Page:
From the Desk of Executive Director


 It is indeed an honour & privilege for me to assume the charge of Executive Director, BMTPC. On this   occasion.....

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  New Initiatives : Emerging Technologies
 
NOTE: Indo-Norwegian Training Programme (Non-Residential) on Seismic Design of Multi-storey Buildings: IS 1893 vs. Eurocode 8, October 12-14, 2017 at New Delhi CPWD Inclusion of Emerging Technologies in Delhi Schedule of Rates dated 24 June 2016 Ministry of Urban Development OM regarding Adoption of New & Emerging Technologies by CPWD, DDA and NBCC CPWD OM dated 17/08/2016 regarding Adoption of New and Emerging Technologies in projects on Turnkey basis CPWD OM dated 28/12/2016 regarding Mandatorily Adoption of New and Emerging Technologies in projects Opportunity to Share Your Sustainable Building Materials/Technologies on Knowledge Portal
 

 

PREFACE

 

 

The scarcity frequent non-availability, constantly rising costs of building materials and the declining quality of housing and building construction are causing concern to Central & State Governments. It is now widely recognized that the cost of housing can be reduced and speed and quality of construction stepped up through the use of emerging innovative building materials and technologies. Despite a number of innovative cost-effective building materials, components and construction techniques developed through research the housing and building agencies have not adopted them in their construction practices. The extent to which lack of standards and specifications has been instrumental in hindering the adoption of homegrown innovative building material technologies has long been a matter of concern. Since non-listing of these new techniques in Indian Standards and Codes is quoted as one of the foremost reasons by construction agencies for non- adoption in their practice, the Bureau of Indian Standards (BIS) has been constantly striving to cover new technologies within the fold of standardisation. While quite a few of new materials and techniques have attracted attention of the building industry and several housing agencies and have also been gradually identified in Codes of Practices, these have not percolated to the practices of organisations like CPWD, MES, State PWDs and others in public and private sectors.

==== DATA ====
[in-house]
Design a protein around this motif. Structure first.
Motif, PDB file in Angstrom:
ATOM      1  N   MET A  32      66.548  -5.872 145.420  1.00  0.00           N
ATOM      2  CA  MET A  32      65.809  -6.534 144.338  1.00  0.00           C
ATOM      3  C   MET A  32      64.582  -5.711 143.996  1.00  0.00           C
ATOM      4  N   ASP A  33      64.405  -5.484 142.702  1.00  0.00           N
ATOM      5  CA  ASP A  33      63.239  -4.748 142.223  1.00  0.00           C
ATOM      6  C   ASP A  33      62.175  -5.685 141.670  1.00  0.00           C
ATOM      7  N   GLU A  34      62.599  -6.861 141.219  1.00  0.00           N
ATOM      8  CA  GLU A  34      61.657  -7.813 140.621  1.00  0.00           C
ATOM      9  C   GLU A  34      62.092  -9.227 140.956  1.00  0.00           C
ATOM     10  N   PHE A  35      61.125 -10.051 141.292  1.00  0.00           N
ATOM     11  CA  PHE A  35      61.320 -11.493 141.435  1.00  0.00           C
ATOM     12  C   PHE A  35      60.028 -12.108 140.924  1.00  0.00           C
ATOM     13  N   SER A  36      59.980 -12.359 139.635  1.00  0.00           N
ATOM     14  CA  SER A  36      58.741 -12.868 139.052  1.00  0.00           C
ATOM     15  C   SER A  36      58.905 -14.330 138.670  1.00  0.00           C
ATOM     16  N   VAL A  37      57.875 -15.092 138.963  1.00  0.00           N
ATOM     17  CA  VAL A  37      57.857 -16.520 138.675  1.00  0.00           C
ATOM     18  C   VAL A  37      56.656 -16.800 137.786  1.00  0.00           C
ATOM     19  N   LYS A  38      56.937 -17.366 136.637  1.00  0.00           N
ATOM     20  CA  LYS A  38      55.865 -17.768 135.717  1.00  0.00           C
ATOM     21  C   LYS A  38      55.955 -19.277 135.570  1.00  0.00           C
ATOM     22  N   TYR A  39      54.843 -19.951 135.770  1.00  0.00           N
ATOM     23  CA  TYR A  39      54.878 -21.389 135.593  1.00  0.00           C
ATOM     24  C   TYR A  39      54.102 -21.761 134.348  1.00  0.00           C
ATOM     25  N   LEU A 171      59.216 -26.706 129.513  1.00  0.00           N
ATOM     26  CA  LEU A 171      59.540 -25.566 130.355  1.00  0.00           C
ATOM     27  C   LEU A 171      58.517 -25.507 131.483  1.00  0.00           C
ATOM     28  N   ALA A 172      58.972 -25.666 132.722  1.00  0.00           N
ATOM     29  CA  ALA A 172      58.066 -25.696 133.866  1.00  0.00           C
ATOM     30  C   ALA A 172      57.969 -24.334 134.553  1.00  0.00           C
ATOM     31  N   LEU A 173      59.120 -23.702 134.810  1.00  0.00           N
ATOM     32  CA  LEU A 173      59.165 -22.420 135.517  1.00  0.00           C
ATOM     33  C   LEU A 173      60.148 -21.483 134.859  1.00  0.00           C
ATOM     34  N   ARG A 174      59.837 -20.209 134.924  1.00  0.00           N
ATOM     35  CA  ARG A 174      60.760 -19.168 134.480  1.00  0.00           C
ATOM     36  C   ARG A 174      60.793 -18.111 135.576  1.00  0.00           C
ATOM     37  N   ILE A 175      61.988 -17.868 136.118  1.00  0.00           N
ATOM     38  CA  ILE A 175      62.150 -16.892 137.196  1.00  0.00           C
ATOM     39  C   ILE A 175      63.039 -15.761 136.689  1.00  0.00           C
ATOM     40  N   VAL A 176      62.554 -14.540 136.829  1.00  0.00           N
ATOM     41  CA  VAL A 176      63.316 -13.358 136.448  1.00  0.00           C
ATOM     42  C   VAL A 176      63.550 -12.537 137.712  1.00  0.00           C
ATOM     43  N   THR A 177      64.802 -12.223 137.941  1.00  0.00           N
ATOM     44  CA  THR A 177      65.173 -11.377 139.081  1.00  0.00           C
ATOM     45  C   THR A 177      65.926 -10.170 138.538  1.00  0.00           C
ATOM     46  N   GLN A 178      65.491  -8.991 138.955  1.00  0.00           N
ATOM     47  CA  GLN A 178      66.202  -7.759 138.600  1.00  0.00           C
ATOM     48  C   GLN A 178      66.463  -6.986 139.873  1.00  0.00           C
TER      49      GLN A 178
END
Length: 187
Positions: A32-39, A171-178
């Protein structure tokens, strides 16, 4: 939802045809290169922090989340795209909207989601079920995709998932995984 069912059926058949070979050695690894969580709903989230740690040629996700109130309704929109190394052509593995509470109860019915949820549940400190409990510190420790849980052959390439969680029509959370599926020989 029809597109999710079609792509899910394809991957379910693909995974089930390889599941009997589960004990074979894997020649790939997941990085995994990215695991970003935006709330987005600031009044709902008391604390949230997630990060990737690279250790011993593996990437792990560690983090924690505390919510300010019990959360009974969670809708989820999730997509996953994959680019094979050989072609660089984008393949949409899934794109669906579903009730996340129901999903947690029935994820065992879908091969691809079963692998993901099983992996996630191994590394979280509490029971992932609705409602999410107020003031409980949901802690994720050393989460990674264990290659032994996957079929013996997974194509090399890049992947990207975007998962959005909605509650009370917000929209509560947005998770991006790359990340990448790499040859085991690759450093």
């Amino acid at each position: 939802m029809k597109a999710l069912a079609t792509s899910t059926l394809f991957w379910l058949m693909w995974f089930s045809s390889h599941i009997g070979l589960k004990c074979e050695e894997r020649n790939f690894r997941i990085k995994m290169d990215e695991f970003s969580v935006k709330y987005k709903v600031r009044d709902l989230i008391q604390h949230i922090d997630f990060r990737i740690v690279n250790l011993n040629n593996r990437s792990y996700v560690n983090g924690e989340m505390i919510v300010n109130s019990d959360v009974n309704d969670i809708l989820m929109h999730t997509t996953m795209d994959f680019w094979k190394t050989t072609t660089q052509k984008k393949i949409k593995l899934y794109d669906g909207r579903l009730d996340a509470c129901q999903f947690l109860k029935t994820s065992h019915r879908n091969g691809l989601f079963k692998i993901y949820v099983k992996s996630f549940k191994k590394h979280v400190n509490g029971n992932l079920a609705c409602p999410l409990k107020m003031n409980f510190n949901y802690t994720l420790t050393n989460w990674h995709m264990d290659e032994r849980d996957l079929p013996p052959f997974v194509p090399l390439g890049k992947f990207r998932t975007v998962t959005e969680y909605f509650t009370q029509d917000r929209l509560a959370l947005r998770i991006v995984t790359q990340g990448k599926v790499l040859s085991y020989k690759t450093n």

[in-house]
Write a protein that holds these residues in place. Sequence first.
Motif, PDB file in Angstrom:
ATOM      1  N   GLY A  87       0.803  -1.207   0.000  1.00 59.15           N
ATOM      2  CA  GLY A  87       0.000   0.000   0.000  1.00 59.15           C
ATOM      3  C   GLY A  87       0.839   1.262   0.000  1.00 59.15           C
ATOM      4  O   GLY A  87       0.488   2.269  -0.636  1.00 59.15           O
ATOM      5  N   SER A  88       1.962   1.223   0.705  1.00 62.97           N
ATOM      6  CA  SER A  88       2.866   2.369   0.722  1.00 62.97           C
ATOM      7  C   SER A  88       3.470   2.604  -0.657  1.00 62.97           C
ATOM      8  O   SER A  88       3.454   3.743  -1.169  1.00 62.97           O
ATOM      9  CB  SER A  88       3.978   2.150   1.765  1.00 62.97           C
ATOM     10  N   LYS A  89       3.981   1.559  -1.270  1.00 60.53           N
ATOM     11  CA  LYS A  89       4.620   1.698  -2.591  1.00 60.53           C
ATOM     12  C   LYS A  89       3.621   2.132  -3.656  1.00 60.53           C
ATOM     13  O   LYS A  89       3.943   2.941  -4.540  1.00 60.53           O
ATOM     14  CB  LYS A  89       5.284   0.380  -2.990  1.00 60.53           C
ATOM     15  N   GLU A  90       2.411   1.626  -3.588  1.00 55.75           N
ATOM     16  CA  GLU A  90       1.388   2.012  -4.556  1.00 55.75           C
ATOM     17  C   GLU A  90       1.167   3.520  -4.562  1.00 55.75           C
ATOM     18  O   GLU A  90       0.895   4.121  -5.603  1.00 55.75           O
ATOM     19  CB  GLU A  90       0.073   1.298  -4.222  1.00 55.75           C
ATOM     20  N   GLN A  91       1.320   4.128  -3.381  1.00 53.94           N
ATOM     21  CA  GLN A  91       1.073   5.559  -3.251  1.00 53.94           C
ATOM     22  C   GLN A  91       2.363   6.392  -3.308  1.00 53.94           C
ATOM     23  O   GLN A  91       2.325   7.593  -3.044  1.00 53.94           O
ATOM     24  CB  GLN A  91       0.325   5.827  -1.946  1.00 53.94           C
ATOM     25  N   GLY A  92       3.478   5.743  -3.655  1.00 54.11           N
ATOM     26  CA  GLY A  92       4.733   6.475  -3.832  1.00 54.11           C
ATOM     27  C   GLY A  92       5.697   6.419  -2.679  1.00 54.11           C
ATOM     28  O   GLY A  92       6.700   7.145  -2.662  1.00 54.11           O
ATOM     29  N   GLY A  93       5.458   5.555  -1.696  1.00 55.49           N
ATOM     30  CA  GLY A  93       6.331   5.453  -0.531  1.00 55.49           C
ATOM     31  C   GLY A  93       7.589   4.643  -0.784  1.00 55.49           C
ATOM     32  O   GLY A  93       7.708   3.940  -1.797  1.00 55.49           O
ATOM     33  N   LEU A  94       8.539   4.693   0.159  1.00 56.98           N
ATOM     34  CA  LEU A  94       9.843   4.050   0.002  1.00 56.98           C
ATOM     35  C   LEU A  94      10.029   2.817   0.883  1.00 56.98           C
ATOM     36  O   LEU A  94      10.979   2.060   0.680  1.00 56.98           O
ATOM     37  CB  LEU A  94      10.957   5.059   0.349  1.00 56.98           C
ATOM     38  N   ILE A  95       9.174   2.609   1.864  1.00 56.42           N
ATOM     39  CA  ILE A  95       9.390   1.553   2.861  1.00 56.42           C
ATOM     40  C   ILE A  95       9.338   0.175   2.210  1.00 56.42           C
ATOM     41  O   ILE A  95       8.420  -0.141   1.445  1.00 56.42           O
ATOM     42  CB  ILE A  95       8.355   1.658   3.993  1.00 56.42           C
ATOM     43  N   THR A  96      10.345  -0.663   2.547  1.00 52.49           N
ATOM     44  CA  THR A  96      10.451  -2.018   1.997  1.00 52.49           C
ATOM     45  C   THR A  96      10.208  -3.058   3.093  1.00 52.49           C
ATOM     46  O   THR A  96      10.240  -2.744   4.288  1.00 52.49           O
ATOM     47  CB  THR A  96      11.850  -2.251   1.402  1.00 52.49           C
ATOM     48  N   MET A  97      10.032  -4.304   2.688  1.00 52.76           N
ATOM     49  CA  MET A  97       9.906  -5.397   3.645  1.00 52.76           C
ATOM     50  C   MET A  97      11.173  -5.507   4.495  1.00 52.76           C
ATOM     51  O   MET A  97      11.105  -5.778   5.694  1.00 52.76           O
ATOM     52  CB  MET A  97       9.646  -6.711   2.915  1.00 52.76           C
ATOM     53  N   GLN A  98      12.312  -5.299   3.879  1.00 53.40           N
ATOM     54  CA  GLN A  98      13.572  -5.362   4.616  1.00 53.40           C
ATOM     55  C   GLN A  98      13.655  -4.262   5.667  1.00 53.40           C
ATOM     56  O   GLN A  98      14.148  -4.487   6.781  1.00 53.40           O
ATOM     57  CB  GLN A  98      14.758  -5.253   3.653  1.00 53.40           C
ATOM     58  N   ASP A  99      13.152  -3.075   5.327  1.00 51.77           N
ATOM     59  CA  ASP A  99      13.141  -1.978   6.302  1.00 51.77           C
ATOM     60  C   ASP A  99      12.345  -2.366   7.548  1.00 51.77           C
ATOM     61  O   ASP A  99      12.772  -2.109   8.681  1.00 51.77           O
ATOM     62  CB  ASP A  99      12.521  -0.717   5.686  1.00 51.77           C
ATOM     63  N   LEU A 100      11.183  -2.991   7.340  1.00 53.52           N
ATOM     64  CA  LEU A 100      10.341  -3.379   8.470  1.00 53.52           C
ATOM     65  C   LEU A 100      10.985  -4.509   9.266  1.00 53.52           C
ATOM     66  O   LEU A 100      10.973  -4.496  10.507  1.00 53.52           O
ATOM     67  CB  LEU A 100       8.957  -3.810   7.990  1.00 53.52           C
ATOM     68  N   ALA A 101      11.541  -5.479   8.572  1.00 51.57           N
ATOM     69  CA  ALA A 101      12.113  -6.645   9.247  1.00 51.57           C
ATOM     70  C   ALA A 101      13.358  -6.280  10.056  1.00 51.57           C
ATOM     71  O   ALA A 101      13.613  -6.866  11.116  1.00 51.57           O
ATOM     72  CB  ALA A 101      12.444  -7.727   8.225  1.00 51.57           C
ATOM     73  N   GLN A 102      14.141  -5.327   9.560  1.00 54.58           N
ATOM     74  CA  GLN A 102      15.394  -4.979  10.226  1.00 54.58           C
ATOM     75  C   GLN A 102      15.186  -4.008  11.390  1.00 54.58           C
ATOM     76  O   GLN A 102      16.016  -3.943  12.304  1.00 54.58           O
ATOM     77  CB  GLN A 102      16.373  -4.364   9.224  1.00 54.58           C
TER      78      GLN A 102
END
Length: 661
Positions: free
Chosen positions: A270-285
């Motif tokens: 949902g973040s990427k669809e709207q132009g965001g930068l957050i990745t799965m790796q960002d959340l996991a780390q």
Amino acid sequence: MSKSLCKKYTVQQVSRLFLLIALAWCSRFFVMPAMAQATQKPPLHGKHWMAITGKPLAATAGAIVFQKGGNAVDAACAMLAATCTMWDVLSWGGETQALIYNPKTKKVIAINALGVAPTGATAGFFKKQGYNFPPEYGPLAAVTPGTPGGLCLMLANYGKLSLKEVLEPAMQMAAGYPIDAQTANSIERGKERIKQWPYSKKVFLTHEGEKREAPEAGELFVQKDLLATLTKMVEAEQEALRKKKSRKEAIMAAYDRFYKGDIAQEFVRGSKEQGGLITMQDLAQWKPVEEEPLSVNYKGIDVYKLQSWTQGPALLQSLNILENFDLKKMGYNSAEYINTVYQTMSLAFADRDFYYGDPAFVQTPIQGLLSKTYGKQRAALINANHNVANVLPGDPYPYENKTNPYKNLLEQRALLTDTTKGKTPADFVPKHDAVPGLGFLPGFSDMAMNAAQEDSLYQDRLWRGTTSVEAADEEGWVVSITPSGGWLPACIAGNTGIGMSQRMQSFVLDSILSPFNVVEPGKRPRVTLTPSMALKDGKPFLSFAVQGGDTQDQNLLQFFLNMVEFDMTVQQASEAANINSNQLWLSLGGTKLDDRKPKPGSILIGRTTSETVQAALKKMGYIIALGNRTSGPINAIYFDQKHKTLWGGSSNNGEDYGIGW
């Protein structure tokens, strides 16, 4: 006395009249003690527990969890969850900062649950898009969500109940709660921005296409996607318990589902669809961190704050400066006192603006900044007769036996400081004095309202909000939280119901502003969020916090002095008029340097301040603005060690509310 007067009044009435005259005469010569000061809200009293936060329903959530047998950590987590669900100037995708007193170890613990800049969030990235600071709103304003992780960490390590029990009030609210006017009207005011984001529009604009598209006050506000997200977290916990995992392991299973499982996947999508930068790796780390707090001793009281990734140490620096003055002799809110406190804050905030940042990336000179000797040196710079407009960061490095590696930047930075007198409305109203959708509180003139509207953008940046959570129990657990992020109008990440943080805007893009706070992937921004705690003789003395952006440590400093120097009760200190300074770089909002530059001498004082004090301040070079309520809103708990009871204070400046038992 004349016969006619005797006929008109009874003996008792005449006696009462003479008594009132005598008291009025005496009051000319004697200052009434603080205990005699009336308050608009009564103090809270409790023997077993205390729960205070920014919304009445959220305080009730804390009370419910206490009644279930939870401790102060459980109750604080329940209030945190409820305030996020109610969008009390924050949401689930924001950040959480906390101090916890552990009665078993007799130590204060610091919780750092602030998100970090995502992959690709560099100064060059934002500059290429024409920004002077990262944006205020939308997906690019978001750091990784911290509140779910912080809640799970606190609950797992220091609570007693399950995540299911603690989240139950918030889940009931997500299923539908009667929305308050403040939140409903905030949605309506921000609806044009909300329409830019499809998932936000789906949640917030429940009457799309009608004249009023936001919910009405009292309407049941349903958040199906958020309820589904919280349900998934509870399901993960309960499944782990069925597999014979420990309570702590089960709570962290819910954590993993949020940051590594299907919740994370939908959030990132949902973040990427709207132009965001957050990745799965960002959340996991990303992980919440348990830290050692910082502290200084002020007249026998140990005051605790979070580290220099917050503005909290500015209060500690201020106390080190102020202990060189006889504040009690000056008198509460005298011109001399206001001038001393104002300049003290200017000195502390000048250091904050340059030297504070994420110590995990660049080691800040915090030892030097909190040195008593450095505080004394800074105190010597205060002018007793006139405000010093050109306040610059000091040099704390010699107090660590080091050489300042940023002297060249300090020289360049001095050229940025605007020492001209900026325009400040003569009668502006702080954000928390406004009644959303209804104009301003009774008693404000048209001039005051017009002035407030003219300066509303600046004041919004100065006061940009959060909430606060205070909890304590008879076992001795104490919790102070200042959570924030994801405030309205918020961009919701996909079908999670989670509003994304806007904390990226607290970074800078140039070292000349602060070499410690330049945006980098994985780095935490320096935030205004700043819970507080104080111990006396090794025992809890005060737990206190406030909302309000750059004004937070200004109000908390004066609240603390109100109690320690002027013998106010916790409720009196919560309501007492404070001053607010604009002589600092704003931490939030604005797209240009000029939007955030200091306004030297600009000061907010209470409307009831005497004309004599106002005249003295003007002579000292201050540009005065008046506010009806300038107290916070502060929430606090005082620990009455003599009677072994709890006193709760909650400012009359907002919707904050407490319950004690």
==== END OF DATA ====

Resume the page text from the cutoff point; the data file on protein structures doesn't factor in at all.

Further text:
BMTPC’s recent interaction with various architects, engineering departments and building construction organisations resulted in a common observation that many of the new techniques do not find proper place in their construction practices due to the absence of standard specifications -a factor which hinders their induction in departmental schedules of specifications and contract documents. Regarding the use of prefabrication systems many a times a passive attitude is to be seen probably because of some past adverse experience with large-scale prefabrication systems adopted by couple of organisations. However, the open prefab systems based on appropriate production level and small elements with rationalised production methods have attracted the attention of housing experts as an important option for arresting the rapidly rising escalation in costs of materials and labour. HUDCO has been promoting many of these prefab systems for quite some time in the housing schemes funded by them and Building Centres in different regions have also been propagating several of these technologies.